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Sunday, 3 February 2013





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Government Gazette

Sweeter grapes in Jaffna

Grape cultivators in Jaffna are in for good times as their produce will be made sweeter with new pruning and cultivation methods that will be introduced by agricultural research officers. The sourness of grapes has been a major drawback to grapevine farmers making a living off the crop.

Senior Research Officer (Horticulture), Field Crops Research and Development Institute, Mahailluppallama S.G. Piyadasa said that at the stage of ripening, a few fruits in the bunch develop colour. When 30 percent of the fruits in the bunch develop colour, irrigation should be stopped to allow the soil around the vine to dry.

"When harvesting the grower should select the bunches where all the fruits have developed colour uniformly. Farmers are of the view the ripe fruits in the bunch will fall if the bunch is kept on the vine for a long period," Piyadasa said.

He said that this method will help increase the sugar (brix) content of the fruits and it will have an attractive colour. It will help farmers to get a good price for their produce.

Last season the farmers in Dambulla who followed this method sold a kilogram of grapes at Rs. 400 while farmers in Jaffna sold it for Rs.180.

A grapevine grower in Chunnagam, K. Gnaneswaran, said that there is a stable market for grapes and he gets a good price for his produce. He spends around Rs. 80 to harvest a kilogram of grapes and earns Rs. 180 on a kg.

He said that about 600 vines could be grown on an acre. A vine bears fruit within eight to 10 months after planting the cut-lings. Grape farmers in Jaffna said that if the grapes were sweeter it would help them to fetch a higher price and cater to a large market.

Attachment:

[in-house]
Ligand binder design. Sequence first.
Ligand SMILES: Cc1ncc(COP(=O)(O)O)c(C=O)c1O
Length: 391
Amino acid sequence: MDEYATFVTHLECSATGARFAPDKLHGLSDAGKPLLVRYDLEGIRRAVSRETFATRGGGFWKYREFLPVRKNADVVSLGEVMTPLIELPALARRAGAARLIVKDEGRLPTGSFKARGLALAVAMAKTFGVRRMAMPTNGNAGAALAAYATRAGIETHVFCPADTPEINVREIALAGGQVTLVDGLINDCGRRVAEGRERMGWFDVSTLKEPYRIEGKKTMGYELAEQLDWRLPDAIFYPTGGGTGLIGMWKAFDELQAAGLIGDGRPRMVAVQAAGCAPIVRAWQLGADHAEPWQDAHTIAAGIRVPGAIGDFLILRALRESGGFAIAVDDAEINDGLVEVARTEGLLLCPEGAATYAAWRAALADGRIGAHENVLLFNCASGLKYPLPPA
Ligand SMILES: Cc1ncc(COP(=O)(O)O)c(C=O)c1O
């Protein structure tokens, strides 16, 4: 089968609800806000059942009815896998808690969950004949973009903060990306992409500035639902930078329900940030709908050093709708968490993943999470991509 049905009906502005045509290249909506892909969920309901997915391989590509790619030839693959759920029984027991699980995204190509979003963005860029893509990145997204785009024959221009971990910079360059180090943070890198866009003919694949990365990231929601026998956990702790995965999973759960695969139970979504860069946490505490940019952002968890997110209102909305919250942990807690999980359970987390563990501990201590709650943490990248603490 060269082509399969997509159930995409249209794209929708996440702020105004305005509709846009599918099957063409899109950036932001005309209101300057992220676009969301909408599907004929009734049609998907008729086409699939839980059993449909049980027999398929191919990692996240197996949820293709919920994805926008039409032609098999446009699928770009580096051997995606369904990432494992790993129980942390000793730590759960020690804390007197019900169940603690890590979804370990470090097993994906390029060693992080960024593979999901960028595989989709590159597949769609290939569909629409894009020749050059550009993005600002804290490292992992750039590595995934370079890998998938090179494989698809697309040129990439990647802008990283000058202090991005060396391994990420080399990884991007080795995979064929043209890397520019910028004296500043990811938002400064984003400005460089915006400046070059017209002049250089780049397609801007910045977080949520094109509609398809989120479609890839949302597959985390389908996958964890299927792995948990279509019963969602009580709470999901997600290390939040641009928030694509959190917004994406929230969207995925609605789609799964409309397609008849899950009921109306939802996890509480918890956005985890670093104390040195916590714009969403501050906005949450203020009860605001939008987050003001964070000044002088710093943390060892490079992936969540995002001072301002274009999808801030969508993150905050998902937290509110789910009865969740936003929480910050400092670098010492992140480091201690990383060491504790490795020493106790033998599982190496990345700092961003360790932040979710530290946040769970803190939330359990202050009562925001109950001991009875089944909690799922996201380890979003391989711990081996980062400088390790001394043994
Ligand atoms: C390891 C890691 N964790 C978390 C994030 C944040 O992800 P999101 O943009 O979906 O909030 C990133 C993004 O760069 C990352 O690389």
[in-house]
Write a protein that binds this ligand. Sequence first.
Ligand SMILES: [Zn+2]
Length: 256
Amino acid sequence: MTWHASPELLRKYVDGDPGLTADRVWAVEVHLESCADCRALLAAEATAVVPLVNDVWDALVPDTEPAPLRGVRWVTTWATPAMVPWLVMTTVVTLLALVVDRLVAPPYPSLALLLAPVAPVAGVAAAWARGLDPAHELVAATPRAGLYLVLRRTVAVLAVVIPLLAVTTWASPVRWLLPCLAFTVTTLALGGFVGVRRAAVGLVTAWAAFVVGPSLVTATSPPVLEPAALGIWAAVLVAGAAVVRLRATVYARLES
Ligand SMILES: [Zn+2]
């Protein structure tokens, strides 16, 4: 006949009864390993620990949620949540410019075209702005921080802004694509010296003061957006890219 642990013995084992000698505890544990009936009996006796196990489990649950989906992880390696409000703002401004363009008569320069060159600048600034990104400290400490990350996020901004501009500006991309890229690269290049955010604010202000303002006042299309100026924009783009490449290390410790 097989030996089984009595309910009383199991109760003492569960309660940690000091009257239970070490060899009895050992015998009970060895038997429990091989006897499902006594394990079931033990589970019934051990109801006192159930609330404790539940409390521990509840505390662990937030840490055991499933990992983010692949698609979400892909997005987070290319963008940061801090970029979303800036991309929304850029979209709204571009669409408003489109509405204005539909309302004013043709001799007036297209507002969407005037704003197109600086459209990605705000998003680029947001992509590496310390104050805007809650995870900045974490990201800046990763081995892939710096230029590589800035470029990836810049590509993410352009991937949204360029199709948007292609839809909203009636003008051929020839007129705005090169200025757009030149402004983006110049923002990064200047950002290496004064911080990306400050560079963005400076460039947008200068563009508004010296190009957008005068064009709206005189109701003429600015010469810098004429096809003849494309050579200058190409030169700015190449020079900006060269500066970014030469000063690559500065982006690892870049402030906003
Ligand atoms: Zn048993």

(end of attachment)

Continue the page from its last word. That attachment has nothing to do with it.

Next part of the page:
Cargills PLC donated seedless grape plants to farmers in Jaffna under the National Horticultural (NHA Project), a joint project of Cargills Agrifoods Limited and USAID which focuses on enhancing the quality and yield of fruit and vegetable in the North.

Cargills Agrifood, DGM Haridas Fernando said that the company will help grape farmers to get a good price for their produce by increasing the sweetness of grapes.

"We give farmers a better price and ensure them a stable market for their produce. Cargills purchases the produce of farmers through its collection centre in Jaffna. The absence of a stable market and the exploitation by the middlemen has hit grape farmers. As a result grape cultivation and other crop farming have been affected in the North.

The grape is a fruiting berry of the deciduous woody vines of the botanical genus vitis. They can be eaten raw or could be used to make wine, jam, juice, grape seed extract, raisins, vinegar and grape seed oil. Grapes are non-climacteric type of fruits which bears in clusters.

An Agriculture Department officer in Jaffna said that a better market has been created for grape farmers in Jaffna with the opening of the A-9 road. He said that grape cultivation in Jaffna has increased from around 52 hectares in 2009 to around 60 hectares today and that the extent of cultivation is increasing.

A grape farmer in Jaffna

He said though there are other districts where grapes are cultivated, Jaffna is the only district that grows it on a commercial basis.

There are around 500 farmers cultivating grapes in Jaffna. The number of growers is on the increase with a stable market and a better price for their produce. Grape cultivation has recommenced in many areas as the crop has a higher return. Grape cultivation was introduced to Sri Lanka by the Dutch two centuries ago. Since then Northern farmers have depended on the age-old crop as means of living.

Grapes are cultivated during two seasons from August-September and January-February.

Piyadasa said that consumers expect the local grapes to be of the same quality as those imported from Australia. Australian grapes are sweeter and seedless. Sweeter grape varieties such as Cardinal and Israel Blue have been introduced to farmers.

The agriculture sector in the North, including crop and livestock has contributed around 65 percent of the total gross domestic product of the district. In terms of production, major cash crops like chilli, onion, tobacco, potato and banana are cultivated in large extents to meet a substantial portion of the national requirement.

Fruit crops such as mangoes, grapes and jak are also produced in large quantities.

Viticulture is the science, production and study of grapes which deals with the series of events that take place in the vineyard. When the grapes are used for wine-making it is known as viniculture. It is a branch of the science of horticulture.



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